Testing

These points do not apply to prototype / throwaway phase.

unit tests

Continuous integration

To run testing, perform code quality analysis and build artifacts a Continuous Integration server can be used. The build will be performed every git push and pull request. Using a CI server will help with it works for me problems. The Netherlands eScience Center uses continuous integration services as much as possible when creating code.

continuous integration (CI), public on Travis

CI meaning: compile, unit test, integration test, quality analysis etc. Once there is some build process established and tests set up, CI should be configured too. It will save you a lot of time on debugging and allow for much quicker problem diagnosis.

Travis-CI

The Netherlands eScience Center public repositories should be built with Travis-CI. Travis-CI is free for Open Source projects. A Github repository can be added to Travis-CI by a Github user with admin right on the repository. At the moment Travis-CI performs builds in Ubuntu and OS X operating systems.

Getting started with Travis CI

PS. If you want to get mails from Travis-CI then you have to login at https://travis-ci.org

AppVeyor

To build repositories inside the Microsoft Windows operation system use AppVeyor. AppVeyor is free for Open Source projects.

Nightly builds

Most CI builds are triggered by a git push, but sometimes the repository must be build every night. Possible reasons for nightly builds:

  • Make sure the repository stays working even if there are no changes pushed to the repository, but it's dependencies are changing possibly breaking the code in the repository.
  • The build performs an action that needs to be performed daily like updating a cache.

For triggering nightly builds in Travis-CI Cron jobs can be used.

Polling tools

All major CI services support some form of cctray.xml feed. This feed can be read by polling tools to automatically keep an eye on your project builds. For instance, BuildNotify, CCMenu and CCTray give you a tray icon that turns red when a build fails.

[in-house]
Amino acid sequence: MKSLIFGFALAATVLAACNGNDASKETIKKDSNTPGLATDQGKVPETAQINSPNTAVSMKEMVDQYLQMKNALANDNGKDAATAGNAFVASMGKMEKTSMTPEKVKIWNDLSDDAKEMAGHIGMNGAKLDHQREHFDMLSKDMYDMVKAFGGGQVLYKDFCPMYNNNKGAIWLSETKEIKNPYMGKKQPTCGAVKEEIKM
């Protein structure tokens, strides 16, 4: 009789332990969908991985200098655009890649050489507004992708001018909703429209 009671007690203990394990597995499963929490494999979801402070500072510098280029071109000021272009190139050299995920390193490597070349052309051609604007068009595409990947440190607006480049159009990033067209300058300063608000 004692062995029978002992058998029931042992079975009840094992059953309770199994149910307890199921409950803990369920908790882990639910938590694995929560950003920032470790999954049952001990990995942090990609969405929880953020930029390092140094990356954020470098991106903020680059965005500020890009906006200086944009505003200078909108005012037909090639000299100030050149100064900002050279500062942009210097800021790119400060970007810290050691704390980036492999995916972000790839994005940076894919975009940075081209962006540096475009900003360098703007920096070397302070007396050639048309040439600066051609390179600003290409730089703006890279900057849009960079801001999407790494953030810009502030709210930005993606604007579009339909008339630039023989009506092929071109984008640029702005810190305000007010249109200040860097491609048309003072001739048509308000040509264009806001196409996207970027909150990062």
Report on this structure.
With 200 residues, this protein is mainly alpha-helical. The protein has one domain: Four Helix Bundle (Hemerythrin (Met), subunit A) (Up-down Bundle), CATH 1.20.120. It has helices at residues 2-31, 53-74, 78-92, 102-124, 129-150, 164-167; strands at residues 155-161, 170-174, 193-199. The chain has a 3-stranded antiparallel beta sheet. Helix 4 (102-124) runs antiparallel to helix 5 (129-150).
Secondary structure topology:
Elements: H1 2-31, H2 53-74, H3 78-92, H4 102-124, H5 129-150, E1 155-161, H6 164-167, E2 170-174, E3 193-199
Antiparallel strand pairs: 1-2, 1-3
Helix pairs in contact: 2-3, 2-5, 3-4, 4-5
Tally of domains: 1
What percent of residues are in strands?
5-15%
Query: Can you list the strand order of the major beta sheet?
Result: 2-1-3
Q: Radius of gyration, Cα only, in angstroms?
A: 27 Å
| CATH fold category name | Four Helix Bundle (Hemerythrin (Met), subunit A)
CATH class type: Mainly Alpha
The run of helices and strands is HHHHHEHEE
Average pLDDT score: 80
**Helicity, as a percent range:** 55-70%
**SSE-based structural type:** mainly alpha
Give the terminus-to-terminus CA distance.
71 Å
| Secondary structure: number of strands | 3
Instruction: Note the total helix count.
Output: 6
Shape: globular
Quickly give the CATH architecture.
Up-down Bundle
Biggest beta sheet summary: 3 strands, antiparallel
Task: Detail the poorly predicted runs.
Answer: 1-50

Code coverage

Code coverage is a measure which describes how much of the source code is exercised by the test suite. At the Netherlands eScience Center we require minimum of 70% coverage.

Setting up code coverage for a repository depends on the programming language, see the language specific guides for setup instructions.

The code coverage should be performed when a test suite is run as part of Continuous Integration build job. The code coverage results can be published on code coverage and/or code quality services.

Code coverage services

The publishing of the code coverage can be performed during a Continuous Integration build job. The code coverage service offers a visualization of the coverage and a metric which can be displayed as a badge/shield icon on the repository website. See the language specific guides which code coverage services are available and preferred for that language.

Code coverage services support many languages and a usually free for Open Source projects. Below is a short list of services and their strengths.

Codecov

Shows unified coverage and separate coverage for build matrix e.g. different Python versions. For example project see https://codecov.io/gh/NLeSC/Xenon, with a Java 7/8 and Linux/Windows/OSX OS build matrix.

Coveralls

More popular then Codecov. For example project see https://coveralls.io/r/NLeSC/MAGMa

End2end tests

For (web) user interfaces. example with protractor and angular

Once the web page has any interface, e2e tests should be implemented.

Dependencies tracking

VersionEye, David or other service depending on codebase language.

Checking for dependency updates should be done regularly. It can save a lot of time, avoiding code dependent on deprecated functionality.